Board of Prayer
“Here is what I want you to do,” the megachurch pastor said to the hundreds of pastors who had come to his conference, “I want you to break out into groups of three or four and take turns telling each other the thing that you hate the most about being a pastor.”
Murmurs broke out throughout the auditorium as groups formed and pastors began to talk and share their burdens with one another.
“What I hate the most is when celebrity pastors tell you to turn around and share your guts with people you don’t even know!” cracked one pastor named Tom. “It’s as if talking in a small group for a few minutes will make it different than it really is – hundreds of us flocking to a successful church to find out how it’s done, how to do a few tricks and get everyone to our church.”
“Oh, I don’t know, he might be going somewhere with this that will really make a difference in our lives and in our churches,” said Pastor Brian. “Maybe after our gripe session we will pray for another or brainstorm together for some solutions. Let’s give it a chance.”
“Okay, then,” interjected Pastor Mark, “Who will go first, what bothers you the most about being a pastor?”
“Board meetings!” exclaimed Tom and Brian at the same time.
“I was thinking the same thing! Except that we call them church council meetings,” said Mark as he shook his head in amazement. “This was easier than I thought. Let’s go a little deeper though. What is it about board meetings that we don’t like?”
“The battle of the wills!” said Tom. “One person wants this, another wants that, and it become a big argument and usually the one with the most powerful personality wins. I don’t have the stomach for it. Sometimes I just want to slink away into the corner and watch from a distance.”
“I know what you mean,” said Brian. “That bothers me too. But what often gets me worked up is the enormity of the task and the limitations of our resources. There is so much to be done and so many bills to be paid but we have only a limited amount of time and money. How do we decide where to cut corners or which ministries to kill when people’s lives are at stake? Do we cut benevolence funding? Outreach funds? People’s salaries? We always have more ideas than we have money and people to do them.”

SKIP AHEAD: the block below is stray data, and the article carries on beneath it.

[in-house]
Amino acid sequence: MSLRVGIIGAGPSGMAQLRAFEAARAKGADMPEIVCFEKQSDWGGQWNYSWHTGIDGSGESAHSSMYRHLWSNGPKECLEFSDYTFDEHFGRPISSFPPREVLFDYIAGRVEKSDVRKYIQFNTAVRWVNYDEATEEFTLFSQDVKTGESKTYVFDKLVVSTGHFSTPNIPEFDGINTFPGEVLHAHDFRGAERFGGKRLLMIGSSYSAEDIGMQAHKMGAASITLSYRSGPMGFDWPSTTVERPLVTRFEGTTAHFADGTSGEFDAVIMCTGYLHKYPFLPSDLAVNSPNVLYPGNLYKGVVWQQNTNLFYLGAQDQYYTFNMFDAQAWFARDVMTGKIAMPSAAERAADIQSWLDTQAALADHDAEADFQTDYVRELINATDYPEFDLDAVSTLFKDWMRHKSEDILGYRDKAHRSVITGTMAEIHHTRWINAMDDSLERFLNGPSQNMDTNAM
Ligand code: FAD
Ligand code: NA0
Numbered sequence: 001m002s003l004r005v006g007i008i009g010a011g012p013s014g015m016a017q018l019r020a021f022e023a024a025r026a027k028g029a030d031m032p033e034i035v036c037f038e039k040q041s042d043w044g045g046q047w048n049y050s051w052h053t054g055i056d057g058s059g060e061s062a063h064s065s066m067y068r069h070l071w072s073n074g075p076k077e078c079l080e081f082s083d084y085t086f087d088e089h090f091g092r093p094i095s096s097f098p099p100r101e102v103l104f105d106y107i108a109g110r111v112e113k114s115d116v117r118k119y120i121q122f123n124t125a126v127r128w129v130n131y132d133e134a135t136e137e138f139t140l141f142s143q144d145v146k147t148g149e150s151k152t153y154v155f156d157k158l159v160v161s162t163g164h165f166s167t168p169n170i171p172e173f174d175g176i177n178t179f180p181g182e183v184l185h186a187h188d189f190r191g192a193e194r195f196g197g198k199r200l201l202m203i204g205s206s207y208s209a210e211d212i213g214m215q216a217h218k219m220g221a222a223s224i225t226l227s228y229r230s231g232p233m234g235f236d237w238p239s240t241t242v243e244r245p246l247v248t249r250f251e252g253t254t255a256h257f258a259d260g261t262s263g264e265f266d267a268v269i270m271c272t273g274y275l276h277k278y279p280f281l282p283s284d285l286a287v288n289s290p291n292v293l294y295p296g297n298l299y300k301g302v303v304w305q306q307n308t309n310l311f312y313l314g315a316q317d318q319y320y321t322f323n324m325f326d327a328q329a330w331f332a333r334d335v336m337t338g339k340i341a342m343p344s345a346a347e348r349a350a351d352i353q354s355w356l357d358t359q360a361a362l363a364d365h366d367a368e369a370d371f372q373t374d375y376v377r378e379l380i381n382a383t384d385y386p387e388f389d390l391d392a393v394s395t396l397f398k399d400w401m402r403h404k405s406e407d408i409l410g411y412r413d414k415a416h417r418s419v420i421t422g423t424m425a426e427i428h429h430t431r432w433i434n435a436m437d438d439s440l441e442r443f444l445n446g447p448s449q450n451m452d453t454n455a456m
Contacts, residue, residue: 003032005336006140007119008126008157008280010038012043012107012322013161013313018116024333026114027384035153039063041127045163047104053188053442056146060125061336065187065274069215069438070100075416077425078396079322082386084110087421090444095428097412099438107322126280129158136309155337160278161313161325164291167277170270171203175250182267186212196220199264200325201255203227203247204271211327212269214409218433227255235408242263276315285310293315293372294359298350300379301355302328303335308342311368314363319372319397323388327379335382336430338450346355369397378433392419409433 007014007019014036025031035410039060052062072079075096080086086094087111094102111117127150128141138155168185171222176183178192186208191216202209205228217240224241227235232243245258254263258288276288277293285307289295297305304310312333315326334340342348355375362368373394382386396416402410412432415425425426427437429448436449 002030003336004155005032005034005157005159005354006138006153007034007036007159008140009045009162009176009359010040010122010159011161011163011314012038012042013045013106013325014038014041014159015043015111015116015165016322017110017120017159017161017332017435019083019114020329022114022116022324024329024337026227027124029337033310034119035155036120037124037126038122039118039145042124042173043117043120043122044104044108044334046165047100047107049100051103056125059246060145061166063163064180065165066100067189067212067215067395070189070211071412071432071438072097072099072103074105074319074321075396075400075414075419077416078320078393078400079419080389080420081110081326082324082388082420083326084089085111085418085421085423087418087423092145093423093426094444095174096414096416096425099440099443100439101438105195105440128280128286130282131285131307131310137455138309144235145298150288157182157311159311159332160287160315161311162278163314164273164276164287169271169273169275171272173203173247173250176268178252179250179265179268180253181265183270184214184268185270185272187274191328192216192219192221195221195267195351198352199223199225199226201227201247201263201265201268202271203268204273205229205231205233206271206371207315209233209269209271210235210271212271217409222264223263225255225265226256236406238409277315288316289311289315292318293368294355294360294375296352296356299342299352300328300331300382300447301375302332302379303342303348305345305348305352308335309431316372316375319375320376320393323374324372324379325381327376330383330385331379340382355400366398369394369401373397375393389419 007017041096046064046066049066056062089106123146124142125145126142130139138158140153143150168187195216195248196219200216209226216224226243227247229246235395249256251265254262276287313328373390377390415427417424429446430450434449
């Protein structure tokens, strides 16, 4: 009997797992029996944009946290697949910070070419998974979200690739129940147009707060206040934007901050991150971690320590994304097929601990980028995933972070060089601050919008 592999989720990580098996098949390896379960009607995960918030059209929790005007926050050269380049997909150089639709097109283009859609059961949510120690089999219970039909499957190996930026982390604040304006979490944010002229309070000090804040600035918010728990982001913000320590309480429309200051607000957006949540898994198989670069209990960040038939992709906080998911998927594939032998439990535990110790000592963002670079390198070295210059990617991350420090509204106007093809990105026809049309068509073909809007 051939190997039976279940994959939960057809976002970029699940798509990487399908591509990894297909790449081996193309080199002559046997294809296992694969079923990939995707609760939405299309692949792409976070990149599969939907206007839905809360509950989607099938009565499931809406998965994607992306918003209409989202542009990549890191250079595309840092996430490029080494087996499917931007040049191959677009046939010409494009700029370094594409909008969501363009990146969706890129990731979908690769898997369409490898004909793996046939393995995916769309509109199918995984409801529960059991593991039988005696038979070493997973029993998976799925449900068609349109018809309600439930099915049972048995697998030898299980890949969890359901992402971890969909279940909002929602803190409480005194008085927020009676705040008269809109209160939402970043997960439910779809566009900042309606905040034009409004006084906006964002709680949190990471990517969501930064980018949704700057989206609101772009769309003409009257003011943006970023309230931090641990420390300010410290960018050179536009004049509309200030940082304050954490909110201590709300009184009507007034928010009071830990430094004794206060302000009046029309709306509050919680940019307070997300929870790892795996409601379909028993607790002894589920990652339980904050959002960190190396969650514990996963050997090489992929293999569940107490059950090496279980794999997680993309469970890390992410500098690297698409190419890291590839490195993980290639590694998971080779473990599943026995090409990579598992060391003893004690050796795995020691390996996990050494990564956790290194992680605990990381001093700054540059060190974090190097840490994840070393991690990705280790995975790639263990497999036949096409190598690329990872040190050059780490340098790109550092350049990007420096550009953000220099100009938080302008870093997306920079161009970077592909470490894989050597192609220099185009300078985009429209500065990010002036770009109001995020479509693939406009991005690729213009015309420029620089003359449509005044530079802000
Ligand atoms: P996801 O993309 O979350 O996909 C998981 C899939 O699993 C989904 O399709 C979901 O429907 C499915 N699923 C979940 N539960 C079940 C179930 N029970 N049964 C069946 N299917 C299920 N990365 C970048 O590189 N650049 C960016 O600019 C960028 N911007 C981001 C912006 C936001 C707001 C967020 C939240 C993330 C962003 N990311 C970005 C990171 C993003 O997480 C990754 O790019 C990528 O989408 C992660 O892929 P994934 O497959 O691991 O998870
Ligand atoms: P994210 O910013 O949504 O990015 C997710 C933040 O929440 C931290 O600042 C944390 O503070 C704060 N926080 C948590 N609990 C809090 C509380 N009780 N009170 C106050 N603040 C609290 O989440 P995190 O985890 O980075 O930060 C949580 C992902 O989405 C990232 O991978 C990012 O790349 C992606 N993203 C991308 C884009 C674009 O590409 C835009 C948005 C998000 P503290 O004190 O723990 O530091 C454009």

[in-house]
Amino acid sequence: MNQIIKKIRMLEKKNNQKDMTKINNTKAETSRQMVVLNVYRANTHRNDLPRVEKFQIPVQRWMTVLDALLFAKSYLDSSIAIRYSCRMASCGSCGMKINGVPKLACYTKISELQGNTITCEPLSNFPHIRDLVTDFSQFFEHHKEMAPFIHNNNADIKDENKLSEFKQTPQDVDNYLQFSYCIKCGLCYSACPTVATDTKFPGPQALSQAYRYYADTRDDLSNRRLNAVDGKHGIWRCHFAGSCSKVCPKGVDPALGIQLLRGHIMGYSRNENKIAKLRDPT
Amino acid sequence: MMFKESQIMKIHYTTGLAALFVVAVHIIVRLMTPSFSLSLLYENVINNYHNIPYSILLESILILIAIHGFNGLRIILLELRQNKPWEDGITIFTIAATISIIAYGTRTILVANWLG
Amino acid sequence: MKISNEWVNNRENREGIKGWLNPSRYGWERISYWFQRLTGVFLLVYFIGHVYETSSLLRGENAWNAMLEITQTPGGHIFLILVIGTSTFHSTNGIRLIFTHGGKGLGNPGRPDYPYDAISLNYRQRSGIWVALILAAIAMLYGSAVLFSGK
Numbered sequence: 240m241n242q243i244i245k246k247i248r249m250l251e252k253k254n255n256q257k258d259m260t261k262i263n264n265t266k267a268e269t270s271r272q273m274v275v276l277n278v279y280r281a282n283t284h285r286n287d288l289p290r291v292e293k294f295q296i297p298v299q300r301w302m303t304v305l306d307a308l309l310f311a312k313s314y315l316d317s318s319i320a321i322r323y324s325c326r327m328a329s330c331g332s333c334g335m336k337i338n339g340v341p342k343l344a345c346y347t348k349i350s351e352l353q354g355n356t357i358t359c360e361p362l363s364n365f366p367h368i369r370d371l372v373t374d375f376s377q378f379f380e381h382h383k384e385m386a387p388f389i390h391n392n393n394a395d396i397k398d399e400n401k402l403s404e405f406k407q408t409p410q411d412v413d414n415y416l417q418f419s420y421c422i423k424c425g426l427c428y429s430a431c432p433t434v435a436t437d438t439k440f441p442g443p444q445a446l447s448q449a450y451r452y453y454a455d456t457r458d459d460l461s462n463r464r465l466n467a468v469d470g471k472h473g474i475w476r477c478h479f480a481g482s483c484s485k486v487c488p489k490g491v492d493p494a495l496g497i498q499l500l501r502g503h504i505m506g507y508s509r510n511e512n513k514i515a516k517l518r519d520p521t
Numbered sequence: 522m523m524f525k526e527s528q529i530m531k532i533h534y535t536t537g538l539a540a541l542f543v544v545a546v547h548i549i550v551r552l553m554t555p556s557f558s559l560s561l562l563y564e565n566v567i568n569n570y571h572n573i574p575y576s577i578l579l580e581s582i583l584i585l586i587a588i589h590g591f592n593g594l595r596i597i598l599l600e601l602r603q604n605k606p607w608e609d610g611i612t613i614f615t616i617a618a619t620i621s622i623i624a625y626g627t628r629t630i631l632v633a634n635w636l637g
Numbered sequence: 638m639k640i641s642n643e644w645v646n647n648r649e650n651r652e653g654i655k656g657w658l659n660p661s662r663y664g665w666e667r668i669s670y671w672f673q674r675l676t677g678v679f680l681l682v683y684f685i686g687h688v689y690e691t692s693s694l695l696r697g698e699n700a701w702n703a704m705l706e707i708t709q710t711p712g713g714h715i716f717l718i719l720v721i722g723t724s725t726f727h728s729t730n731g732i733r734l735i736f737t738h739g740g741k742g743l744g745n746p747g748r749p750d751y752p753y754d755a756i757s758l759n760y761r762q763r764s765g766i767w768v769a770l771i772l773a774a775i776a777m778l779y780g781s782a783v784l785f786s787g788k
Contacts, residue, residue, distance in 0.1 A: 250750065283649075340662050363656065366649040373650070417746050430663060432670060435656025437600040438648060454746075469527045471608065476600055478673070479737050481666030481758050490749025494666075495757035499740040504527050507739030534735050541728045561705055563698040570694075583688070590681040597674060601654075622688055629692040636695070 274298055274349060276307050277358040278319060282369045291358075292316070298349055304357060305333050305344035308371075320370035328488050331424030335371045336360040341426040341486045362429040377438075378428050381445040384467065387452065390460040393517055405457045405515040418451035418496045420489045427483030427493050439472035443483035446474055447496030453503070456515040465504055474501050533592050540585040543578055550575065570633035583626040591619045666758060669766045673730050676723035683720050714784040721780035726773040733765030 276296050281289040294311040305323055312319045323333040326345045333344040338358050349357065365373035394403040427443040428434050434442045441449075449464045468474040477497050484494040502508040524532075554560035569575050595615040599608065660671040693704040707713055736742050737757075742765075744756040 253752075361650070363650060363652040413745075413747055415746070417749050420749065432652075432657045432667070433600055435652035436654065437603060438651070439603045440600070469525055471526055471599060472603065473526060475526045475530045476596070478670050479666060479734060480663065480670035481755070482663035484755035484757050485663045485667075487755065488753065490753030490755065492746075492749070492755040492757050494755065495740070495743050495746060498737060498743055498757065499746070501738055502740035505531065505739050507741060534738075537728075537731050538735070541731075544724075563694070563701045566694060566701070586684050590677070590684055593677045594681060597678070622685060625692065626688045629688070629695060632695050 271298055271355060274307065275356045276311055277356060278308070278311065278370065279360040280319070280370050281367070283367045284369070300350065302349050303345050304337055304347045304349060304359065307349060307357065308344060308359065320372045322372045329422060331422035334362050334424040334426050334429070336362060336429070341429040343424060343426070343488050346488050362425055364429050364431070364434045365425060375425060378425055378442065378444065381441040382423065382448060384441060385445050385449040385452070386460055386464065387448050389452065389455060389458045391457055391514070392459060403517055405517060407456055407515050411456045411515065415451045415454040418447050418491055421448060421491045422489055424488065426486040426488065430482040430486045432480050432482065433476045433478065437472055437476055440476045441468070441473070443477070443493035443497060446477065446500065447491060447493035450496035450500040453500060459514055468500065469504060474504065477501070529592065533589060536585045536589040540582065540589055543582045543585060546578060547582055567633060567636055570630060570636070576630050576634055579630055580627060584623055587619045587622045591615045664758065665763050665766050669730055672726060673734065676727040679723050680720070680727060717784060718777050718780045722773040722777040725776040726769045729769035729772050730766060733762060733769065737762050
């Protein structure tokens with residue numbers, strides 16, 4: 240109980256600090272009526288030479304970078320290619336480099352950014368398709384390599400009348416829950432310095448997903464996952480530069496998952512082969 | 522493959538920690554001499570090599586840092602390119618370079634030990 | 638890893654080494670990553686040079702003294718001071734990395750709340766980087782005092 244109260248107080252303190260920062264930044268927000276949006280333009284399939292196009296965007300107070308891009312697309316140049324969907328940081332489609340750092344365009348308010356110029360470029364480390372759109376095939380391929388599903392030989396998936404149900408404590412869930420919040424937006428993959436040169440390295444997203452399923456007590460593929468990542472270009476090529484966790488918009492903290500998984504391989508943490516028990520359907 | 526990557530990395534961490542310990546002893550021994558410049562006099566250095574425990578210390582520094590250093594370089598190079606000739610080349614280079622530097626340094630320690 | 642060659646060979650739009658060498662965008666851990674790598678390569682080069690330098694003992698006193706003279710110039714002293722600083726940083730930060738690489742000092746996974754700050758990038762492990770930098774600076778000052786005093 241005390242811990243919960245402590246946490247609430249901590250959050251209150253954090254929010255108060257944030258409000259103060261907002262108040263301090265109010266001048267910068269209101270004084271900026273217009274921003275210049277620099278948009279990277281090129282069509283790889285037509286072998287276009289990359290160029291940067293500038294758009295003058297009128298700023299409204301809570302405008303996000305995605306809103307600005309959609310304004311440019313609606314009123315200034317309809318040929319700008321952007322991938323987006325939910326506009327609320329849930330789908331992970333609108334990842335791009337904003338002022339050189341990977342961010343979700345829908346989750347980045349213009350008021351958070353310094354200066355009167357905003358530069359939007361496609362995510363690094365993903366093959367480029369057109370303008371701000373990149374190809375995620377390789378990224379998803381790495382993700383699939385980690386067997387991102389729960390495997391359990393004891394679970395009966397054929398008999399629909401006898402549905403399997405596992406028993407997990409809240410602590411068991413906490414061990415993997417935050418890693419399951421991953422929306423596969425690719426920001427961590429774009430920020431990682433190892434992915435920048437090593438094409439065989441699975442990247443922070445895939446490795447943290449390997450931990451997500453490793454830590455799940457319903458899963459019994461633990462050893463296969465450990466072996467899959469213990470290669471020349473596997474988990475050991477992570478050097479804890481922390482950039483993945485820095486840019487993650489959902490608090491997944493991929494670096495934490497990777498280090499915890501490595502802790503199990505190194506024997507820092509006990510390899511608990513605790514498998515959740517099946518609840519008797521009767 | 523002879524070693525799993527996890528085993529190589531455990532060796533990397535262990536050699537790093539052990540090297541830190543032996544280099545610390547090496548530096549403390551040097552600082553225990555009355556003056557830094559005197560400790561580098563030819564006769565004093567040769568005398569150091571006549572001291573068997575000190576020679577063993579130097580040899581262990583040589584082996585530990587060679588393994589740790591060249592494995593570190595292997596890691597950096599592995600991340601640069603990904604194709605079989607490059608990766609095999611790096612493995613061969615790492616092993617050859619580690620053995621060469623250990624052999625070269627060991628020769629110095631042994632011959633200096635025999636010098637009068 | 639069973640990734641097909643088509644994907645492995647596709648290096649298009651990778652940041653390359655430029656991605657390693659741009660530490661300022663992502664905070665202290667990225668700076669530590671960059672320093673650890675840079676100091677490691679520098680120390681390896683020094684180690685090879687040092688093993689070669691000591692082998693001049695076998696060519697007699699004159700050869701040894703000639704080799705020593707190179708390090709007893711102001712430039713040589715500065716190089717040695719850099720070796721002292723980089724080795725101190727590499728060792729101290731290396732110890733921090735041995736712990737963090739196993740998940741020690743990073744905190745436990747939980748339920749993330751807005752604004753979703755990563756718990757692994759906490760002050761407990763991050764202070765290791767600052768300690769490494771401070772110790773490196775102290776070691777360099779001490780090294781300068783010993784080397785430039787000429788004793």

As Brian was talking, another pastor with the nametag of Gabe approached the group. “Do you mind if I join you guys?” he asked.
“Sure, come and join us!” the group agreed. “We were just talking about board meetings and how much we hate them.”
“Oh, I can relate to that.” said Gabe. “I used to dread board meetings. But we made a few changes and now I look forward to them.”
“What did you do different?” asked Mark. “We would love to know. We need to know.”
“It was quite simple, really, once the Spirit enlightened me. I guess that’s how it always is, though, in the things of God. Things that seem impossible or incredibly complex can be overcome by the hand of God on a situation. In my case, I was at the end of my rope when it came to board meetings. We were all fighting amongst ourselves and hopelessly divided on nearly every issue. We couldn’t agree on much of anything. It seemed like every meeting ended with some of us going home angry and upset. One night I was in such turmoil that I couldn’t sleep. So I began to pray and call out to the Lord for help with the Board meetings. The Lord gave me comfort that night, and as I began to seek the Lord and think through how we do our meetings, I began to have some insights.”
“Go on, what were they? What did the Lord show you?” asked Tom.
“I realized that we were in the midst of a battle of the wills,” said Gabe.
“That’s exactly what we said before you walked up!” exclaimed Brian.
“I think we have all been there, haven’t we?” Gabe agreed. “In my case, the picture the Lord gave me in my mind’s eye was of two big bucks, you know, male deer, locking horns and pushing each other around. I could see that we were locked in battle and none of us would give up. In every decision that needed to be made we would lock horns and do battle just because we wanted to win the victory over the others. And then the Lord said something to me that changed my life and the way we do board meetings – He told me that we were so busy battling over our own wills, my will be done, that we never even asked Him what His will was in the matter. Sure, we prayed a perfunctory prayer at the start of the meeting and asked for His will to be done but we never really pressed in and prayed from our hearts that Thy will be done.”
“And that is a huge difference!” exclaimed Mark. “Laying down our own wills, our own agendas, and asking God what He wants to be done changes everything. I have done that in my own personal life but never thought to do it in a board meeting! It just seems like the financial issues and the practical realities of life get in the way of just seeking God and discerning His will.”